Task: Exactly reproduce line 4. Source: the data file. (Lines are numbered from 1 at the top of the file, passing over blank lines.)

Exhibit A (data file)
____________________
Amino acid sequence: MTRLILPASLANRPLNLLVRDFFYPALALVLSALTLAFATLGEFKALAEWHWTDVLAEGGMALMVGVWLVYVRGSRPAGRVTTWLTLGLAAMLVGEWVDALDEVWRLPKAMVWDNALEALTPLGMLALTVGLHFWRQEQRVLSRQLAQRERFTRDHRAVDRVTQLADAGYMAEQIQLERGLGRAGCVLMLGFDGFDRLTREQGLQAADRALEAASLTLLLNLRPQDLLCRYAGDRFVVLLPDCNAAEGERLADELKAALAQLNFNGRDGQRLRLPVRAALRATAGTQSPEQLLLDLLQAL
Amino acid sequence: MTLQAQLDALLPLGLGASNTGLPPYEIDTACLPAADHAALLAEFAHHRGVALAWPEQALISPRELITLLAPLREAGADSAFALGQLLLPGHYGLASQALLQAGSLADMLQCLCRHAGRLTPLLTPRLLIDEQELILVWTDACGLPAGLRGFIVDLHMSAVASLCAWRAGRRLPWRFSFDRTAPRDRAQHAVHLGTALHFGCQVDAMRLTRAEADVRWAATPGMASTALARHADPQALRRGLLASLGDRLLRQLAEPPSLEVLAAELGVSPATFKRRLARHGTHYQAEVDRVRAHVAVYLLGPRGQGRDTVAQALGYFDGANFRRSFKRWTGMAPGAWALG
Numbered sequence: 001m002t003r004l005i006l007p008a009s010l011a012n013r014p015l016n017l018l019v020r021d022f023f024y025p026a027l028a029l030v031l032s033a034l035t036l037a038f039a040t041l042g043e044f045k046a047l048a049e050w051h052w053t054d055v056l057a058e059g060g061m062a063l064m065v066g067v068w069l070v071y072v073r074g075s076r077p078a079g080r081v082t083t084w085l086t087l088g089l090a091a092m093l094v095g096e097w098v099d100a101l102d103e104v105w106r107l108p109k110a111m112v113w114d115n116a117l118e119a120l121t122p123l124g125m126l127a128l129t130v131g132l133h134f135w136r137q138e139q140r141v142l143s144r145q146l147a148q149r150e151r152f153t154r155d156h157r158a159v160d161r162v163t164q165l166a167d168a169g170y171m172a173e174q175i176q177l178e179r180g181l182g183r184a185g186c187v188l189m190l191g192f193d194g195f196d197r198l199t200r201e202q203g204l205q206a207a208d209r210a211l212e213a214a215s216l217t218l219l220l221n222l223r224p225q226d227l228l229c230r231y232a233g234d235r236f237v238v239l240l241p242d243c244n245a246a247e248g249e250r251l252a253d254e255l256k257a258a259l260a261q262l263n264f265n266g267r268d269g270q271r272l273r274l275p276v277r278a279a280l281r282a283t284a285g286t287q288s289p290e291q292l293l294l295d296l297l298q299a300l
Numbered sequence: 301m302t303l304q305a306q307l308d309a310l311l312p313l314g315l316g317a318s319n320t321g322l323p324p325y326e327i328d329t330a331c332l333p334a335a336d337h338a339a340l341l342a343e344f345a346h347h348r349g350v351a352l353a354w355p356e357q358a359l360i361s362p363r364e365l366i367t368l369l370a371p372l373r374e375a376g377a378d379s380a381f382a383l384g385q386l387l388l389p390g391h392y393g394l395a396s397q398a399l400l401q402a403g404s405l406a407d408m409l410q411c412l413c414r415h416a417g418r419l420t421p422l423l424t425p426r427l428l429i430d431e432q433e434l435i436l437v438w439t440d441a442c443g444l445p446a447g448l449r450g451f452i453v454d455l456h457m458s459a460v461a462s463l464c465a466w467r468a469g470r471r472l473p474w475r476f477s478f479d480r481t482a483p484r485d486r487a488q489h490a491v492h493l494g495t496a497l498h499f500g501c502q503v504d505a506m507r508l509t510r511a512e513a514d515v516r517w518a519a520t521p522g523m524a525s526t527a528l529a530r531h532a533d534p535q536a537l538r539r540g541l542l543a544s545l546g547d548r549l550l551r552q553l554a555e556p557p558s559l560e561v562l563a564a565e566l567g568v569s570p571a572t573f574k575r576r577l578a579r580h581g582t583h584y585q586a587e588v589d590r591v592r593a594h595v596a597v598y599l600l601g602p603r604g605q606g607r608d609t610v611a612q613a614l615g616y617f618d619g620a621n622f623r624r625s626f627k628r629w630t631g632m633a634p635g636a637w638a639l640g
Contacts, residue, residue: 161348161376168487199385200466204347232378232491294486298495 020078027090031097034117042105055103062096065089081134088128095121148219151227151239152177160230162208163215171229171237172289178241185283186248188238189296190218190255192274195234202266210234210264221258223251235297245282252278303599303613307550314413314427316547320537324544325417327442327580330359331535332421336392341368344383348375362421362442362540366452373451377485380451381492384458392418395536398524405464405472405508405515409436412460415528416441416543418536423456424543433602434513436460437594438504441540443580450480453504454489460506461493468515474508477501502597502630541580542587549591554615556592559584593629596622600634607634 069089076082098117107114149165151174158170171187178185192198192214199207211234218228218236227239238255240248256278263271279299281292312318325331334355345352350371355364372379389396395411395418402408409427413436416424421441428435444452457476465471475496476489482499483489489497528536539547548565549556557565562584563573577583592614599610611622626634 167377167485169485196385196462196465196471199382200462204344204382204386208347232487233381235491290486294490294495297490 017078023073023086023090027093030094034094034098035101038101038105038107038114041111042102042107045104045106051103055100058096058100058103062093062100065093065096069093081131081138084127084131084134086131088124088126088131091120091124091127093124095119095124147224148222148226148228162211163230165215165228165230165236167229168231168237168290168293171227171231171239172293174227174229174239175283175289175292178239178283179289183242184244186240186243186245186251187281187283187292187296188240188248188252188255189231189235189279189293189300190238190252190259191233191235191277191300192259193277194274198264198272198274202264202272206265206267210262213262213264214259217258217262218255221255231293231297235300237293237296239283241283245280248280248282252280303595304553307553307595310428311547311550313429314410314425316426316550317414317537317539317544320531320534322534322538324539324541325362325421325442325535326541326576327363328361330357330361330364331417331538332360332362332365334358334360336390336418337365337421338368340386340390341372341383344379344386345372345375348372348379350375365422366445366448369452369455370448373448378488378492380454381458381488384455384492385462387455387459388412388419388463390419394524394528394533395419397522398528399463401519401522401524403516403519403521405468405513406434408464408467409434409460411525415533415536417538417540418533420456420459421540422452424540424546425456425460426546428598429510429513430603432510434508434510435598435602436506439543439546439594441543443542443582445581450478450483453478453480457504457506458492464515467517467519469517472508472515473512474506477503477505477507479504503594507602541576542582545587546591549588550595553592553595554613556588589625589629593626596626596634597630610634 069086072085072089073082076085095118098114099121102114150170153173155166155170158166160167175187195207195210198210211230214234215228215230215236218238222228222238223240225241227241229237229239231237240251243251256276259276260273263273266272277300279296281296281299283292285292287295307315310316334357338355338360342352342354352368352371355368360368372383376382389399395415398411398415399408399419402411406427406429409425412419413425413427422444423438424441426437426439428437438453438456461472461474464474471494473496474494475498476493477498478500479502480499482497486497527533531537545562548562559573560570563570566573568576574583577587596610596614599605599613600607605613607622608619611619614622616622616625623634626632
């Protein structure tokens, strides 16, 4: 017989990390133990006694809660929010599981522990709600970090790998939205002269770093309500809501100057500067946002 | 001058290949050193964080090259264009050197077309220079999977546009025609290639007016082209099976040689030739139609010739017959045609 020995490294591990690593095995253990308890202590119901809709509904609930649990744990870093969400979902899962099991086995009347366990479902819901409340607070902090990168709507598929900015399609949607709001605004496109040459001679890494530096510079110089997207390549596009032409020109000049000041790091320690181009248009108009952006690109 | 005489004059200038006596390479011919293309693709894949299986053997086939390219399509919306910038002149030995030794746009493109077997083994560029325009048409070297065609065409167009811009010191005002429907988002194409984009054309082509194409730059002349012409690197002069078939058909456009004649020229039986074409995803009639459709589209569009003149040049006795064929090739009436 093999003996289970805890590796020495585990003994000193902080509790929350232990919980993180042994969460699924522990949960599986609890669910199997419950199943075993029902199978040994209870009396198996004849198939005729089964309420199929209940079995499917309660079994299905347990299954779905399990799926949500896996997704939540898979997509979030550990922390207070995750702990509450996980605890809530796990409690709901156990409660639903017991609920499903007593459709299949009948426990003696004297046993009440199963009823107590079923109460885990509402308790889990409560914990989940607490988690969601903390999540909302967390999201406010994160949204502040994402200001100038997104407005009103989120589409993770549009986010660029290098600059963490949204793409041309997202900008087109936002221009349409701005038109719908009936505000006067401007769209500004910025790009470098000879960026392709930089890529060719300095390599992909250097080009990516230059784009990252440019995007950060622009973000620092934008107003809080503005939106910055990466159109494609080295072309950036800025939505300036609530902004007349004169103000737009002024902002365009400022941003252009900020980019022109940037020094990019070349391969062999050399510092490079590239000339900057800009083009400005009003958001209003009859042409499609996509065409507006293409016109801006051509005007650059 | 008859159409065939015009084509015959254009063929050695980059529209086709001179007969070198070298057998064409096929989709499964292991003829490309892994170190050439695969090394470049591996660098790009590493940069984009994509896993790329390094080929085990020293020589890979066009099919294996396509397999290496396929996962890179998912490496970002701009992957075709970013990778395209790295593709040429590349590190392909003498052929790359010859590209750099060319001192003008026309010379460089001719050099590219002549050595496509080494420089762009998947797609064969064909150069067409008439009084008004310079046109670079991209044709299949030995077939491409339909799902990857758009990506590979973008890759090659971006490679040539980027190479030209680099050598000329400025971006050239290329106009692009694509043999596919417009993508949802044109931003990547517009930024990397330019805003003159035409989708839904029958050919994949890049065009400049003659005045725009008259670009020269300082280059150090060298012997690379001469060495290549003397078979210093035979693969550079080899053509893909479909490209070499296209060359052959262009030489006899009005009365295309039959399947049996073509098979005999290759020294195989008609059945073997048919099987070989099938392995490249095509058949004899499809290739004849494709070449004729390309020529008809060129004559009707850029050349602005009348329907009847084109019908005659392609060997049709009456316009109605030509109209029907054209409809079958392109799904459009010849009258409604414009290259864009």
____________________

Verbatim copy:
Numbered sequence: 301m302t303l304q305a306q307l308d309a310l311l312p313l314g315l316g317a318s319n320t321g322l323p324p325y326e327i328d329t330a331c332l333p334a335a336d337h338a339a340l341l342a343e344f345a346h347h348r349g350v351a352l353a354w355p356e357q358a359l360i361s362p363r364e365l366i367t368l369l370a371p372l373r374e375a376g377a378d379s380a381f382a383l384g385q386l387l388l389p390g391h392y393g394l395a396s397q398a399l400l401q402a403g404s405l406a407d408m409l410q411c412l413c414r415h416a417g418r419l420t421p422l423l424t425p426r427l428l429i430d431e432q433e434l435i436l437v438w439t440d441a442c443g444l445p446a447g448l449r450g451f452i453v454d455l456h457m458s459a460v461a462s463l464c465a466w467r468a469g470r471r472l473p474w475r476f477s478f479d480r481t482a483p484r485d486r487a488q489h490a491v492h493l494g495t496a497l498h499f500g501c502q503v504d505a506m507r508l509t510r511a512e513a514d515v516r517w518a519a520t521p522g523m524a525s526t527a528l529a530r531h532a533d534p535q536a537l538r539r540g541l542l543a544s545l546g547d548r549l550l551r552q553l554a555e556p557p558s559l560e561v562l563a564a565e566l567g568v569s570p571a572t573f574k575r576r577l578a579r580h581g582t583h584y585q586a587e588v589d590r591v592r593a594h595v596a597v598y599l600l601g602p603r604g605q606g607r608d609t610v611a612q613a614l615g616y617f618d619g620a621n622f623r624r625s626f627k628r629w630t631g632m633a634p635g636a637w638a639l640g